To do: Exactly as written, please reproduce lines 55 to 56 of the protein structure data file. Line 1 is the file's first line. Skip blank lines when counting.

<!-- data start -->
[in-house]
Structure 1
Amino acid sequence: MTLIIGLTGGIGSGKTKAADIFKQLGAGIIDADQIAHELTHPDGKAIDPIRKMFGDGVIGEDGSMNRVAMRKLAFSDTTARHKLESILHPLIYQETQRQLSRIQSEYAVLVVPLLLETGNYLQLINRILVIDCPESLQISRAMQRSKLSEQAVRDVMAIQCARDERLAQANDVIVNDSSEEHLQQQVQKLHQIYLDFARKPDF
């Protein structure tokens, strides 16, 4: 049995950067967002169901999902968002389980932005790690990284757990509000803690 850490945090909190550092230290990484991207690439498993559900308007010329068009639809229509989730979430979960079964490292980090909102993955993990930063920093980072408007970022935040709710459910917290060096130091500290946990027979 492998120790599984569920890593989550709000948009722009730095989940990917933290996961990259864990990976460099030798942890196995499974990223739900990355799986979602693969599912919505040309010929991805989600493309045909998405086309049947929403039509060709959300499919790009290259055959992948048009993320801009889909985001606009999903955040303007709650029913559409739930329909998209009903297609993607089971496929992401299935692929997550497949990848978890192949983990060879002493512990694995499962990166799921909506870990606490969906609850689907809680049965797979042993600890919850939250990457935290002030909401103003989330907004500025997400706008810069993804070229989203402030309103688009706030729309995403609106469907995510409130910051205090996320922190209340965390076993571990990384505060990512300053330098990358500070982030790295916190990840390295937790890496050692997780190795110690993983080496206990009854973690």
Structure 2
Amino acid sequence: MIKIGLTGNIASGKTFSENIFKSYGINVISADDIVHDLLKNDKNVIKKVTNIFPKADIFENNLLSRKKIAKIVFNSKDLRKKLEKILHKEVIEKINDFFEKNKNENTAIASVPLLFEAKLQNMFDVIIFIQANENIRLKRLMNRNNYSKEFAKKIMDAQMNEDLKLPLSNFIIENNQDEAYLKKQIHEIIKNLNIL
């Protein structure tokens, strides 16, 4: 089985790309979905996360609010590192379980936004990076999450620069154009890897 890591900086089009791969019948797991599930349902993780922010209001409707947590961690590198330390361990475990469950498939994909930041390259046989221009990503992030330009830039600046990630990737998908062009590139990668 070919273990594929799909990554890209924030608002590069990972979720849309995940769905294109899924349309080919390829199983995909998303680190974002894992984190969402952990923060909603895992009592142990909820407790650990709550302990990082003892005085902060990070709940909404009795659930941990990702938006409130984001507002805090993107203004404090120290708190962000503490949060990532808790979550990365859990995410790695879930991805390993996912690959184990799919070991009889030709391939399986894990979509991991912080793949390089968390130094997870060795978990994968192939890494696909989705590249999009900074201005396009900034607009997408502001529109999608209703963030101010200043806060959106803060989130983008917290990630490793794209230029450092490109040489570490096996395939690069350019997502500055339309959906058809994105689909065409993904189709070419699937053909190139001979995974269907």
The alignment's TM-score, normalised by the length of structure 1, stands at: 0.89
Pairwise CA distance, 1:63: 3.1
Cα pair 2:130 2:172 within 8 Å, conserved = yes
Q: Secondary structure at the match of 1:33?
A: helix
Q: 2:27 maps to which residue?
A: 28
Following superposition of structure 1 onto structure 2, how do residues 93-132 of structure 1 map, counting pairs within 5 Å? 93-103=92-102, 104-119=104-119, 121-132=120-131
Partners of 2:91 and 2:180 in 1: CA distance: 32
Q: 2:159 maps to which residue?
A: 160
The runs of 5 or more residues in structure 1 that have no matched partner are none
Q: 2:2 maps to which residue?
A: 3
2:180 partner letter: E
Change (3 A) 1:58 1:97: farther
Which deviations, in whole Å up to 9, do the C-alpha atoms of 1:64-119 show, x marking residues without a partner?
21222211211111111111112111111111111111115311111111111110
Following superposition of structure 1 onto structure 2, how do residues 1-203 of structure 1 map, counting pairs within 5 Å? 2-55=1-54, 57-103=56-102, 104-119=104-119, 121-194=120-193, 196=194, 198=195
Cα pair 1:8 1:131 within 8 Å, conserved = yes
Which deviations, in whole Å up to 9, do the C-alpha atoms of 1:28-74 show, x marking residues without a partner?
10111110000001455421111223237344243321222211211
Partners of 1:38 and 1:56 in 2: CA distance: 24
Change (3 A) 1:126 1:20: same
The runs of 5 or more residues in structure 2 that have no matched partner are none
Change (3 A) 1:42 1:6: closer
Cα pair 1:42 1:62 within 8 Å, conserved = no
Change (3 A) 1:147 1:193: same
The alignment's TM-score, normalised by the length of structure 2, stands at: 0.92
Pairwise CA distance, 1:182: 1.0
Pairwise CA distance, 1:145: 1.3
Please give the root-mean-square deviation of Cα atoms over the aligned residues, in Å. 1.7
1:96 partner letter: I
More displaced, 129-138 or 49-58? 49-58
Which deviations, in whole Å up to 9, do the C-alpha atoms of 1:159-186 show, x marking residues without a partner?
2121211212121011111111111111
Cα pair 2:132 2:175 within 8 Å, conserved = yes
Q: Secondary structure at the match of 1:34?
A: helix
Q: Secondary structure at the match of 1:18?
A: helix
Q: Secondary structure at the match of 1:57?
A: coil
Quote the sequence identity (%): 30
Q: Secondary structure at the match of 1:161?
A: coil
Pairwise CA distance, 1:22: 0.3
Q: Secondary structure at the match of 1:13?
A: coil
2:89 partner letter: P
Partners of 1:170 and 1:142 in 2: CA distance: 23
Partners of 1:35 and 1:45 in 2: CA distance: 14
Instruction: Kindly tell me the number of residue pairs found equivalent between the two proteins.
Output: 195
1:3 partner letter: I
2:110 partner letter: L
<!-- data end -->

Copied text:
Q: Secondary structure at the match of 1:13?
A: coil